How to become a Petroleum Engineer

Petroleum engineers plan and manage the recovery of oil and gas from petroleum reservoirs. The petroleum engineering profession offers a number of specialisations, with the major areas including drilling engineering, formation evaluation, production engineering and reservoir engineering.

Personal requirements of a Petroleum Engineer

  • Enjoy technical and engineering activities
  • Willing to contribute and adhere to the safety requirements of an operation
  • Able to identify, analyse and solve problems
  • Good oral and written communication skills
  • Aptitude for computing and design
  • Practical and creative
  • Able to work without supervision
  • Able to accept responsibility

Education & Training for a Petroleum Engineer

To become a petroleum engineer you usually have to study engineering at university with a major in petroleum engineering. You may also consider related specialisations such as chemical, civil, mechanical or mining engineering. To get into these courses you usually need to gain your Senior Secondary Certificate of Education. Prerequisite subjects, or assumed knowledge, in one or more of English, mathematics, chemistry and physics are normally required. Universities have different prerequisites and some have flexible entry requirements. Contact the institutions you are interested in for more information.

Additional Information

Graduates may be eligible for membership of Engineers Australia. Visit their website for more details. Registration or licensing may be required. Contact the Society of Petroleum Engineers for further information.

Duties & Tasks of a Petroleum Engineer

Petroleum engineers:

  • study geological and geophysical information to determine what type of drilling equipment and method of drilling would be the most efficient and cost effective, as well as plan the locations for drilling
  • assist in estimating the economic potential of oil and gas reserves by directing the testing of boreholes
  • identify the liquids or gases contained, the rate at which they can be recovered and the temperatures and pressures that need to be dealt with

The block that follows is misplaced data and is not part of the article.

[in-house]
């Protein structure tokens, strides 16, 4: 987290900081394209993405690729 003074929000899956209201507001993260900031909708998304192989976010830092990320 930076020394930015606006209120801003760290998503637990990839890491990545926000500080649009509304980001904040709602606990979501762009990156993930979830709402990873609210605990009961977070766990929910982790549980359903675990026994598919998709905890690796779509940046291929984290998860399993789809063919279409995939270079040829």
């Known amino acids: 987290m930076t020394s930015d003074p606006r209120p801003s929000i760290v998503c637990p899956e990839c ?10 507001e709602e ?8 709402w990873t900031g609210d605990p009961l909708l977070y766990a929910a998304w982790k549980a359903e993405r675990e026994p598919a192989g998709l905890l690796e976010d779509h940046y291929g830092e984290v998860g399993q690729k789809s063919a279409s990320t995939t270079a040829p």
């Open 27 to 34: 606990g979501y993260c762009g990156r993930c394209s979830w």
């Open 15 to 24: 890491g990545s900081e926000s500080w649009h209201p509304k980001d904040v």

• determine the best way to develop oil and gas reserves and to maximise recovery and profit
  • determine methods of controlling the flow of oil or gas from wells and keep records of production
  • plan ways to transport the oil and gas reserves from the seabed, including the use of downhole pumps and gaslift systems
  • study operating equipment, environmental problems and the treatment of oil to remove sediment and water
  • conduct operations and activities in accordance with environmental policies and codes
  • work safely and use any equipment provided for health and safety purposes
  • monitor the necessary safety procedures and facilities for personnel working on the project.

Working conditions for a Petroleum Engineer

Petroleum engineers work closely with people from other disciplines such as geologists and geophysicists. They may work in remote areas.

Employment Opportunities for a Petroleum Engineer

Petroleum engineers are employed by oil and gas production companies and oil industry service contractors. Employment opportunities for petroleum engineers exist with major oil and exploration companies, contracting firms and government. Petroleum engineers may work on site in oil fields, production centres and in the head office of companies that are based in metropolitan areas. They may also work as consultants to the industry. Petroleum engineers may rise to managerial positions in the oil and gas industry.

Avg. weekly wage:

$2,037

Future growth:

Decline

Employment by state:

ACT ACT 0%

NSW NSW 7.4%

NT NT 0.7%

QLD QLD 17.8%

SA SA 11.2%

TAS TAS 2.1%

VIC VIC 10.2%

WA WA 50.5%

Hours worked:

45.1

Unemployment:

Average unemployment

Gender split:

Male 89%

Female 11%

Education level:

Highest qualification is secondary school: 20.7%

Highest qualification is a Bachelor degree: 45.7%

Highest qualification is a Postgraduate Diploma or Graduate Certificate: 33.7%

Age brackets:

15-19 - 0%

20-24 - 4.7%

25-34 - 32.3%

35-44 - 24.6%

45-54 - 22%

55-59 - 13%

60-64 - 1.9%

65 and Over - 1.3%

*The data above is sourced from the Department of Employment’s Job Outlook website.

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